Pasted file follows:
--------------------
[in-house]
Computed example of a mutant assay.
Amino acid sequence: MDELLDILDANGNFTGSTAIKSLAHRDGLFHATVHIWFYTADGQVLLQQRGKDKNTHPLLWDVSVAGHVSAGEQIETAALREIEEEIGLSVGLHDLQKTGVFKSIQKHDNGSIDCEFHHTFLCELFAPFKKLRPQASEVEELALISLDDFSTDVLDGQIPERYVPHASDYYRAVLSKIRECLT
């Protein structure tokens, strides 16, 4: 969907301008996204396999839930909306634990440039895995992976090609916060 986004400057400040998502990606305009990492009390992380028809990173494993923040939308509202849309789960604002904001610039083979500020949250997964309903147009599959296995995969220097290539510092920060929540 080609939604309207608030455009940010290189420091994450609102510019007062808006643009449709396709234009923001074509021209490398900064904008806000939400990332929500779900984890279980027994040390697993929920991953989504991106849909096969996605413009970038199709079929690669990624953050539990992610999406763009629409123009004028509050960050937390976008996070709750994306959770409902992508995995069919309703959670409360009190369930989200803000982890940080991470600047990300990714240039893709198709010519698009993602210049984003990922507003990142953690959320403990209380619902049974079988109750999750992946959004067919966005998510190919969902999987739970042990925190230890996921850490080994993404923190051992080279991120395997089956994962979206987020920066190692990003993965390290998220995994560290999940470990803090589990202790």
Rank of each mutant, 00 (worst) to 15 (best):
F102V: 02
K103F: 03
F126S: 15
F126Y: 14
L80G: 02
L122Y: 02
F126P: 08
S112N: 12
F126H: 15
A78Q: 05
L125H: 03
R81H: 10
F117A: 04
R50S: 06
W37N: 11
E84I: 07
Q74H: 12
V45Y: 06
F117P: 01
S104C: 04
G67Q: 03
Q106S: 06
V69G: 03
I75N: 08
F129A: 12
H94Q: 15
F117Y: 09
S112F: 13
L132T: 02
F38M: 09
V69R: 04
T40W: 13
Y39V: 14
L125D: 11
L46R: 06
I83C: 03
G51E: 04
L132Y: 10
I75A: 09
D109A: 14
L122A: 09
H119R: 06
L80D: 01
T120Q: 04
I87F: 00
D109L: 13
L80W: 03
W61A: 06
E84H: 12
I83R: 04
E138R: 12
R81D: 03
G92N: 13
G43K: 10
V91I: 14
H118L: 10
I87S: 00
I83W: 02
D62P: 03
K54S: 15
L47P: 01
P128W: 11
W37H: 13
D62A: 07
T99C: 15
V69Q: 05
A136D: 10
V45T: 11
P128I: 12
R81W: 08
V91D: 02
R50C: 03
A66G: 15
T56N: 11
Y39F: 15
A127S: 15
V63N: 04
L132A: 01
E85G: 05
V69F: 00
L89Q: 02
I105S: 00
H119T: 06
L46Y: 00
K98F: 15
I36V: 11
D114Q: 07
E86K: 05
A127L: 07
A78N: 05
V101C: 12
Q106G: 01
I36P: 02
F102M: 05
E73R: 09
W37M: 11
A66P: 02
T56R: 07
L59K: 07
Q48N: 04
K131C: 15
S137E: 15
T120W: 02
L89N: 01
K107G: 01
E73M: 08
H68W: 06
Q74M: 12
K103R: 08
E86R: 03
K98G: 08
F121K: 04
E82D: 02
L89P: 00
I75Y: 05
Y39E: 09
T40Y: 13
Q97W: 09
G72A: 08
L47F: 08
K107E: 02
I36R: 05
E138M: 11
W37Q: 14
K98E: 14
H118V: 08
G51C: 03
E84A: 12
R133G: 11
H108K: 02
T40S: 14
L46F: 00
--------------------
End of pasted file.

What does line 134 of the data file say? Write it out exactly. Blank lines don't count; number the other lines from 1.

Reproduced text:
R133G: 11